There wasn’t a lot of time for a nap, so pretty soon after returning to the hotel we went out to find something for dinner – hopefully something that didn’t contain seafood. We found a vegetarian restaurant – Bo De – just around the corner from the hotel in what appeared to be a huge municipal car park with lots of restaurants and bars adjoining it by the side of the river. We had simple soup with vegetables and mushrooms and some mixed fried rice. Perfect. Afterwards we went for a walk by the water’s edge, and saw that they had lit up the road bridge over the river with bright colourful, constantly changing lights. It looked like the Forth Road Bridge on speed. Talking of which, one guy was definitely on drugs because we saw him running along the top edge of the bridge – not the road surface but actually on top of the cantilevers. That must have been pretty dangerous. We also saw a lad having a tattoo done, in a market stall in the street; so much for health and safety. Apparently it was 36 years to the day that Hué was liberated after the Vietnamese War – or as they call it, the American War – and I think that added to the general party spirit in the night-time streets.
The next morning it was time for something we’d been looking forward for ages. We were all to take a cyclo ride through the streets of Hué, starting at the hotel and ending up at the Imperial City. It’s a really fun experience. The cyclo is a weird thing. Imagine something that combines the seat of a baby’s pushchair, the front wheels of a wheelchair, the back wheel of a bike, and the footrest of a chair lift, and you’re part way there. You get into your contraption – to be honest you fall in – encouraged by your driver, then he gets on the saddle behind you so you can’t see him, and starts to pedal so you get propelled through the streets only a few feet higher than the road surface. It’s not long before you realise how physically strong these drivers must be to wheel a fat oaf like me around the streets – it’s not as though they’re big guys – and he deserved his generous tip at the end! But you do get a really unique perspective of the townscape, as you’re so much lower than if you were in a car – and much more exposed too, without the comfort of a car framework around you. Fortunately the roads of Hué don’t have loads of potholes.
We cycled through the streets, and over the road bridge, which was a bit scary, as we were competing for space with all the usual cars, lorries, bikes and mopeds that throng through any Asian city centre. You also experience a different kind of scary when you’re at the centre of a very large empty intersection – almost a sense of agoraphobia as there’s so much space around you that you feel vulnerable. Anyway, an hour later, we cyclo’d over the bridge that crosses the moat at the Citadel, through the long arch that acts as a sentry to the City, to our final destination alongside some ominous looking ancient cannons. The Citadel was established by Emperor Gia Long in 1805 and comprises three enclosures – the Civic, Imperial and Forbidden Purple Cities. The whole area is filled with palaces, pavilions and temples, protected by ramparts, moats and bastions. It’s a very evocative sight, and really works on your imagination. We spent a very enjoyable time there just looking round the temples and the palaces, admiring the colours and the artwork.There’s lots of restoration work going on at the moment; when it’s finished it will be extraordinary. Mind you, they’re still discovering and unearthing fresh ruins, so it could take some time.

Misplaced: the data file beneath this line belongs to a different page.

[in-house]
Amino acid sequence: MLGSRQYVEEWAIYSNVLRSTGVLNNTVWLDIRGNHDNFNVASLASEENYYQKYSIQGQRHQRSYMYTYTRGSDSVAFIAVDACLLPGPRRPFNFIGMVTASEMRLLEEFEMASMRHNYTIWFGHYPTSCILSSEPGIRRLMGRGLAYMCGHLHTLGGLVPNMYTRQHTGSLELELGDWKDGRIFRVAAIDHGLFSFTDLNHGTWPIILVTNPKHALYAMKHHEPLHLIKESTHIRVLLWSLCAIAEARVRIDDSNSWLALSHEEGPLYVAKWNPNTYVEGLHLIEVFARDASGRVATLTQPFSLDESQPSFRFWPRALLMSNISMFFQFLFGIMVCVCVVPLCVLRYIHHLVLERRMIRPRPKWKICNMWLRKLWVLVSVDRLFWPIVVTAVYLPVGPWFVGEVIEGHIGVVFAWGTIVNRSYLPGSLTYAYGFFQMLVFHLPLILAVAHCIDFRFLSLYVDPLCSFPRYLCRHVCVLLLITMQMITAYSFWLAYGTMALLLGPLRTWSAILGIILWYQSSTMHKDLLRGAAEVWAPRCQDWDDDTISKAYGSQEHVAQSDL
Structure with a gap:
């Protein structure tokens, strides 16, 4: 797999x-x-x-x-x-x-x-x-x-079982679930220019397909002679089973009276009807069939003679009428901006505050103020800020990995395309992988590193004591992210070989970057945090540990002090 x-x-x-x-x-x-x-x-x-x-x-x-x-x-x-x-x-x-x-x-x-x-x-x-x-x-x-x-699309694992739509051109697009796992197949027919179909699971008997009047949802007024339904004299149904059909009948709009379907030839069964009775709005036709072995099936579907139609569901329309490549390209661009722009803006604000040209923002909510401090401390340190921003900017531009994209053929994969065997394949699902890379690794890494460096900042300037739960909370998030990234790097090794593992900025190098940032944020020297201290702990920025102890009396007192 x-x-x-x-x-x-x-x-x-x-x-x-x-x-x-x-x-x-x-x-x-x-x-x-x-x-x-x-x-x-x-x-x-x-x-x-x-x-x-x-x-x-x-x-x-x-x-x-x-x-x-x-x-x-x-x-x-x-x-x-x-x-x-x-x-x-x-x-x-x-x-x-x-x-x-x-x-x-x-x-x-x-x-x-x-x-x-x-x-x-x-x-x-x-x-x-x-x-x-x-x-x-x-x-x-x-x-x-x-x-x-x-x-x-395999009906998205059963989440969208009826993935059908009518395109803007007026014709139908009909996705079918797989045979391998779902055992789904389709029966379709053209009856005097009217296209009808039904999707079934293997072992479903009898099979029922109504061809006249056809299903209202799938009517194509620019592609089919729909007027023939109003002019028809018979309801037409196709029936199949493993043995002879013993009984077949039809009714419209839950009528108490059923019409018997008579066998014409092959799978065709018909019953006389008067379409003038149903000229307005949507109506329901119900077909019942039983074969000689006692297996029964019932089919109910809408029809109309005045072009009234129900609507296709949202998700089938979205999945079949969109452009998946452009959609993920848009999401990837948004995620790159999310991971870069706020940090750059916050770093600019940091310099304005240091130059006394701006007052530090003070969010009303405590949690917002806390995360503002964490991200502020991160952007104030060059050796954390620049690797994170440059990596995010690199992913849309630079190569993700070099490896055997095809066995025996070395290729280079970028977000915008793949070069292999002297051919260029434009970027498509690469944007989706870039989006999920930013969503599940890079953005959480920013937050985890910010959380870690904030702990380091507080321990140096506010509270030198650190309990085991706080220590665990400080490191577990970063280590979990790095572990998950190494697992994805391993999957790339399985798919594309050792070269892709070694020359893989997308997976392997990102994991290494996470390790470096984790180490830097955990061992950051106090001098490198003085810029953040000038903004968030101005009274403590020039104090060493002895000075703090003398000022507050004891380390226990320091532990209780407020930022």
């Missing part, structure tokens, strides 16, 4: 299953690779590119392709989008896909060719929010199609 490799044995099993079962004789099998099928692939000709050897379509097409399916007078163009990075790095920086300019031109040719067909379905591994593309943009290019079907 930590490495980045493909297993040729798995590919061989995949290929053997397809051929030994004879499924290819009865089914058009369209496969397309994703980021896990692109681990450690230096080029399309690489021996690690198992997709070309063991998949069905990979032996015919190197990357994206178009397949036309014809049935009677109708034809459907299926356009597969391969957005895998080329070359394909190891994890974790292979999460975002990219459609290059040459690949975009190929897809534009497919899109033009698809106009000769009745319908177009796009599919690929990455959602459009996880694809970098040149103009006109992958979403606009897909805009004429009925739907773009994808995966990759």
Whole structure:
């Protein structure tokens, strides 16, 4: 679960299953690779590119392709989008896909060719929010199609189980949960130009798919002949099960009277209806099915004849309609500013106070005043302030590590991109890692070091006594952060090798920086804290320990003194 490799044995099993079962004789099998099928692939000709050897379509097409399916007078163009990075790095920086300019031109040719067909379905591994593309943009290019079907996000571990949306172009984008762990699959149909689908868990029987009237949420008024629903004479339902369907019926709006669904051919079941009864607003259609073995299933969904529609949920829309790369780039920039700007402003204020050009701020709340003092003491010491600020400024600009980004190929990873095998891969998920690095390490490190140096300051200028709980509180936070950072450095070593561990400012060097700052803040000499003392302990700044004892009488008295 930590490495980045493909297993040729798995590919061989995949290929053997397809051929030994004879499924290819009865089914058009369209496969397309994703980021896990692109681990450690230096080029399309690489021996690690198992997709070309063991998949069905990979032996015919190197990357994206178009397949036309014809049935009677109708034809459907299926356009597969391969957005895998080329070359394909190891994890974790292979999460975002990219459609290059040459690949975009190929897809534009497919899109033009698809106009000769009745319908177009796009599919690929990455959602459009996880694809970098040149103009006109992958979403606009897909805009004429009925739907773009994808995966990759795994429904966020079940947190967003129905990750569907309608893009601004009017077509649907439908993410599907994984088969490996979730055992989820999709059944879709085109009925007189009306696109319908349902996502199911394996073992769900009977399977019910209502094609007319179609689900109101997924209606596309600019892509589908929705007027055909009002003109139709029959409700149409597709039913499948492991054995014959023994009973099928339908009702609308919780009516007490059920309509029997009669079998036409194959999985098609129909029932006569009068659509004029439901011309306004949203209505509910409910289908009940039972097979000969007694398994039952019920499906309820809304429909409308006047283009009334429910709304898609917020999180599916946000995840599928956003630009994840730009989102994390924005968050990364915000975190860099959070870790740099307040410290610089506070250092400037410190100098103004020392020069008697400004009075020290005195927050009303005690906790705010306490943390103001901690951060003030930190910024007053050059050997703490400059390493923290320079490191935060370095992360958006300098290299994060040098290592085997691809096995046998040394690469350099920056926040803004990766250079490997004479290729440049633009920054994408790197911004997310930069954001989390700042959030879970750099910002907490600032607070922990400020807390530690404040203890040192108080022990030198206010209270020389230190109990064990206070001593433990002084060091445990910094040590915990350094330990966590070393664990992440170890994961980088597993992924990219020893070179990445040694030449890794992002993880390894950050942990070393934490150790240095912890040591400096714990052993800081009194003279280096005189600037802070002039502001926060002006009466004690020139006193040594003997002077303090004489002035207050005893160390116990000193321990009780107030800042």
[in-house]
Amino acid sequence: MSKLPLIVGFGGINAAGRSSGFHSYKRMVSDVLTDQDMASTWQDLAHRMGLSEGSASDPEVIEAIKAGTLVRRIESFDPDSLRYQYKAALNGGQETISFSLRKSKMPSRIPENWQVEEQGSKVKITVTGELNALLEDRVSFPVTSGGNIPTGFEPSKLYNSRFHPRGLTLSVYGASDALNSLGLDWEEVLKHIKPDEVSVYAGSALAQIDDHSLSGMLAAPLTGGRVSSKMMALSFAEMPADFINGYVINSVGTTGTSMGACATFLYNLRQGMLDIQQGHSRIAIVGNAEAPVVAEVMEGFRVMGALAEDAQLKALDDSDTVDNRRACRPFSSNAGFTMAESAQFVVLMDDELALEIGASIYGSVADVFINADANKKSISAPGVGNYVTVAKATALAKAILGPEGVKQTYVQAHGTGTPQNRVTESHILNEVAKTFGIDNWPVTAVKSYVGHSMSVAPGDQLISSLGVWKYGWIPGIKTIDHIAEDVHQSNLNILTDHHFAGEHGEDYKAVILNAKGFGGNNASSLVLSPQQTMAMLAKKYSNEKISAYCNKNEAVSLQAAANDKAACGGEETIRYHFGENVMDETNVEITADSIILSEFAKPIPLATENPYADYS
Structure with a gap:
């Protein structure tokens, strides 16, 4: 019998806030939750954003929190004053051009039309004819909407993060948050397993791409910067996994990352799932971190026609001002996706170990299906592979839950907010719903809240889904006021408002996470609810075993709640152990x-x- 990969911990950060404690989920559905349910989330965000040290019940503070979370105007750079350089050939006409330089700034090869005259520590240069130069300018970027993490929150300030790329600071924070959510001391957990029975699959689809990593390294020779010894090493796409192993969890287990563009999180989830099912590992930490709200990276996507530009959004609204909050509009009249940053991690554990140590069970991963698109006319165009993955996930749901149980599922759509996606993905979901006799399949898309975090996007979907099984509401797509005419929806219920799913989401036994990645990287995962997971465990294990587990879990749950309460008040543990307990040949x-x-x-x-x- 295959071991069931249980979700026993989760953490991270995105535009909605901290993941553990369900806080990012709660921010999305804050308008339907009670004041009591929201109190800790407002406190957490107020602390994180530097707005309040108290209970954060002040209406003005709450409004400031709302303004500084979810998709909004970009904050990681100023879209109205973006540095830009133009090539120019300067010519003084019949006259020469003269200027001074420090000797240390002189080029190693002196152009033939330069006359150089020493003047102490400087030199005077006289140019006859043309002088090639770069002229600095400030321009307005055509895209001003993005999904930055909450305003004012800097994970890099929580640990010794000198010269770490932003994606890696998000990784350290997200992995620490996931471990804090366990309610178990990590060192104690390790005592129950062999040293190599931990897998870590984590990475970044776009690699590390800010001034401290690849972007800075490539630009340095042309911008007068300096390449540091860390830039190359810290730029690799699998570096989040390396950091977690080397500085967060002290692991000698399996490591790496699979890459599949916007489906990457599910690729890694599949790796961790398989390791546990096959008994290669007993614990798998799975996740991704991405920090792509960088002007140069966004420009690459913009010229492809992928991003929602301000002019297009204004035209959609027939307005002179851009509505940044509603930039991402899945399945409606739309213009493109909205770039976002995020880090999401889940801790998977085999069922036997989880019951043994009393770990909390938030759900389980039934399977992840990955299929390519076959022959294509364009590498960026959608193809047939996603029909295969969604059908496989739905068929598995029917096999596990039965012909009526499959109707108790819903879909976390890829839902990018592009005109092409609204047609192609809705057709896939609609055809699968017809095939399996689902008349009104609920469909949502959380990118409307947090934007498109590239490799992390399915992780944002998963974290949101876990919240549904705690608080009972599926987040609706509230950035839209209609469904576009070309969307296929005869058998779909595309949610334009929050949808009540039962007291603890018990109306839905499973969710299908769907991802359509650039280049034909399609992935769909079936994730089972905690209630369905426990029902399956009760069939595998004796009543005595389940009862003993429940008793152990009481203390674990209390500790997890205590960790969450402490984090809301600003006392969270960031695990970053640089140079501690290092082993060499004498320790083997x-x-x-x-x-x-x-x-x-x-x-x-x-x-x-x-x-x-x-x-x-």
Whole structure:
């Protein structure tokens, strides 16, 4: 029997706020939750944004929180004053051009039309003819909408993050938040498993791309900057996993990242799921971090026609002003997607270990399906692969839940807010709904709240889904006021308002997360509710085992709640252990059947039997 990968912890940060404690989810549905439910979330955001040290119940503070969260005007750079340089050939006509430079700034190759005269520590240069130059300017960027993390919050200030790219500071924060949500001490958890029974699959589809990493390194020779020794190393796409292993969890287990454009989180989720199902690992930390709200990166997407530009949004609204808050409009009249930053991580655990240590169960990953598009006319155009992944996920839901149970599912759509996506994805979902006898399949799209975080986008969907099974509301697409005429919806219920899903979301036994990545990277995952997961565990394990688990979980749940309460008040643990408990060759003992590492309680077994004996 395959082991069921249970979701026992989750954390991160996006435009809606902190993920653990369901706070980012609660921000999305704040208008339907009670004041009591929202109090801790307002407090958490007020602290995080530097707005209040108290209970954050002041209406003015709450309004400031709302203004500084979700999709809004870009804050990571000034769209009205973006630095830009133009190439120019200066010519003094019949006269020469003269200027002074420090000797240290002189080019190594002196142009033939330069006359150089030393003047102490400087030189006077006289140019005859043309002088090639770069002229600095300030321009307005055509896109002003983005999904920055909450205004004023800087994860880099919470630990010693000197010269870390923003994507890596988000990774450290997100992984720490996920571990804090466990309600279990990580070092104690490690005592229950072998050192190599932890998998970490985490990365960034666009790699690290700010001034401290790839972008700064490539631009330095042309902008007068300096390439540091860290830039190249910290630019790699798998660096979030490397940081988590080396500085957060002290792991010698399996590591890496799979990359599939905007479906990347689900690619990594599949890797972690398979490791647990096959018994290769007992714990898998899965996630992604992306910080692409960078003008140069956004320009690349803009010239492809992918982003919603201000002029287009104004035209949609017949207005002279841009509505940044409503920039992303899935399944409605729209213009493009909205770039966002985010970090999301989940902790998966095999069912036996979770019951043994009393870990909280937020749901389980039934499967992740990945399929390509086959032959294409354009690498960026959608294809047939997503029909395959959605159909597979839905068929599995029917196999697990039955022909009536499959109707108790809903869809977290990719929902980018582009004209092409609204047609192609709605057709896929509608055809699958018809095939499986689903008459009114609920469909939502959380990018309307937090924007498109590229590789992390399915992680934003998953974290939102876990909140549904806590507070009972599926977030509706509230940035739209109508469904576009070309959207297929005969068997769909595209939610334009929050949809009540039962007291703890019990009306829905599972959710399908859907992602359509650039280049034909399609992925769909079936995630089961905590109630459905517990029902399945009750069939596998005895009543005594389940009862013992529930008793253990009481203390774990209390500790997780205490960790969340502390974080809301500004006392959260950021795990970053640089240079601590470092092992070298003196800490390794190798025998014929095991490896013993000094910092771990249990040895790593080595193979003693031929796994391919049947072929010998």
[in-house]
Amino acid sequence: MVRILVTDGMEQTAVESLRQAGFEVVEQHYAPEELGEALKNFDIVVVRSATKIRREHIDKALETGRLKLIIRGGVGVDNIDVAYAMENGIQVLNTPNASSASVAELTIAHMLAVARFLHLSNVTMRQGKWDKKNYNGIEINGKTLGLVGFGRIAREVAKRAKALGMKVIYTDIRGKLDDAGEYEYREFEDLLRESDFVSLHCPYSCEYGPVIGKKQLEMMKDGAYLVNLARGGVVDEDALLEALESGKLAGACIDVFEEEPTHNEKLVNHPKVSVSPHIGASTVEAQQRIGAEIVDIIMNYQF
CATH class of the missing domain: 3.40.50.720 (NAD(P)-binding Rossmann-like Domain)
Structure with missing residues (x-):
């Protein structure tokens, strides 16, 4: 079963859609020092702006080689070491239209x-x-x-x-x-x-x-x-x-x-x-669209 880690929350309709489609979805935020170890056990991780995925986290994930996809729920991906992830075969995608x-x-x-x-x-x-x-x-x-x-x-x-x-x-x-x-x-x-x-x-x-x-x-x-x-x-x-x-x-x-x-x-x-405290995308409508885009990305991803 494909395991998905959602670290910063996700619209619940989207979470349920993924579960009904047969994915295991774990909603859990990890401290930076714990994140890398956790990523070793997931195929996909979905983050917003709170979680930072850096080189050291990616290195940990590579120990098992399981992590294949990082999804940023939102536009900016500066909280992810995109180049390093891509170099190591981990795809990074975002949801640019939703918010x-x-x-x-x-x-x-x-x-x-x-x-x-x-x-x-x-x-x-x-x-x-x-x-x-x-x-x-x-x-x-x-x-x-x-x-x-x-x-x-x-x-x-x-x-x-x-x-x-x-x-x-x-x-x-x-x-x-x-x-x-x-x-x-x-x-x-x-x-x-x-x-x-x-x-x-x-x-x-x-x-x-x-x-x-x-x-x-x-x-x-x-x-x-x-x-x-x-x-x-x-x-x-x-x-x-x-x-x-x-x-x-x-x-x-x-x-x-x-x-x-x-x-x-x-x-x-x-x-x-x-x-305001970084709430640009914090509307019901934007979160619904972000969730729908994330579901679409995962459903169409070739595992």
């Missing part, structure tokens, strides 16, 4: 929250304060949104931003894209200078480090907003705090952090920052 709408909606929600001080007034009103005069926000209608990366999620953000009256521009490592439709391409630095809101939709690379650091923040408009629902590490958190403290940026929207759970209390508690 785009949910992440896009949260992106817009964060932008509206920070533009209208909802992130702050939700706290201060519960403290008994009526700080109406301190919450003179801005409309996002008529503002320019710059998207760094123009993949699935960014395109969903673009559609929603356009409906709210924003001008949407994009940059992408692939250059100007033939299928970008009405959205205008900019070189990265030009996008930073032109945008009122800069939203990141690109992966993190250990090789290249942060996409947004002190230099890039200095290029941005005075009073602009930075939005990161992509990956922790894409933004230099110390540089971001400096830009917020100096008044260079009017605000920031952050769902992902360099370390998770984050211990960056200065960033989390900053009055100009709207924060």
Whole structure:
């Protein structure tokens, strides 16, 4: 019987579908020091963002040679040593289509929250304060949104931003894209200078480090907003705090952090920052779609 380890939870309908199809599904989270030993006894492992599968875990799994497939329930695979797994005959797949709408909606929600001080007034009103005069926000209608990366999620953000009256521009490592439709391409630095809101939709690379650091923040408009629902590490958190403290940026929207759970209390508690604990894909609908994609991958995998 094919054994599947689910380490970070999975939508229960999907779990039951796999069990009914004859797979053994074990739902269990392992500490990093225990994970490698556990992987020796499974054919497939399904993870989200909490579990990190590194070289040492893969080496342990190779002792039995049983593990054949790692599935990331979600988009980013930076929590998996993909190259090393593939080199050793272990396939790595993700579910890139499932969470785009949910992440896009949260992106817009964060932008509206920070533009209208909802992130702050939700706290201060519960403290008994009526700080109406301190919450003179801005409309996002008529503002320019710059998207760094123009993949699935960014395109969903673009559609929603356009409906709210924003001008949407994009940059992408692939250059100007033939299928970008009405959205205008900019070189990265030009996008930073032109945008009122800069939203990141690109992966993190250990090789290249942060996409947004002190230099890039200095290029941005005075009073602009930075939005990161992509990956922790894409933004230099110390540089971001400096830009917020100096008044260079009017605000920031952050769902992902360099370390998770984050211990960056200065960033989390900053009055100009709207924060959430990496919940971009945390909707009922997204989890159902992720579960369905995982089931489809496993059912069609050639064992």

We took a little drive out to visit the Thien Mu Pagoda, apparently the tallest religious building in Vietnam. It’s a wonderful sight, seven storeys high, founded in 1601, and many consider it to be the iconic symbol of Hué. Perhaps even more astonishing was the incredible noise of the crickets when we got out of the bus. Deafening! There’s a little museum of Buddhism within the complex, which features some very unusual and amusing images of Buddha; and also a huge bronze bell, dating from 1710, whose ding-a-dong can apparently be heard six miles away. But perhaps the most fascinating – and thought-provoking – exhibit is the blue Austin car that drove monk Thich Quang Duc to Saigon in June 1963, where he immolated himself in protest against the Diem regime. It was a very brave and significant act of protest that horrified the entire world. Back in the peace of today, nearby are the monks’ quarters – we were told we might get to meet some monks but none was available for a chat. We did hear lots of tittering from their bathroom though.
Lunch was at Moc Vien – a very classy affair, with delicious food and simply beautiful toilets. They were so beautiful, we all kept going back to admire them. You can’t say fairer than that. The food was incredibly ornately presented; and, very kindly, they presented Mrs C with a beautiful, large bouquet for our wedding anniversary. Pity they were one day early, but it was a lovely thought. Then it was off to the airport for our Vietnam Airlines flight to Ho Chi Minh City, laden down with all our luggage, and a beautiful, large bouquet, which required its own overhead locker. In retrospect, not the most practical of parting gifts.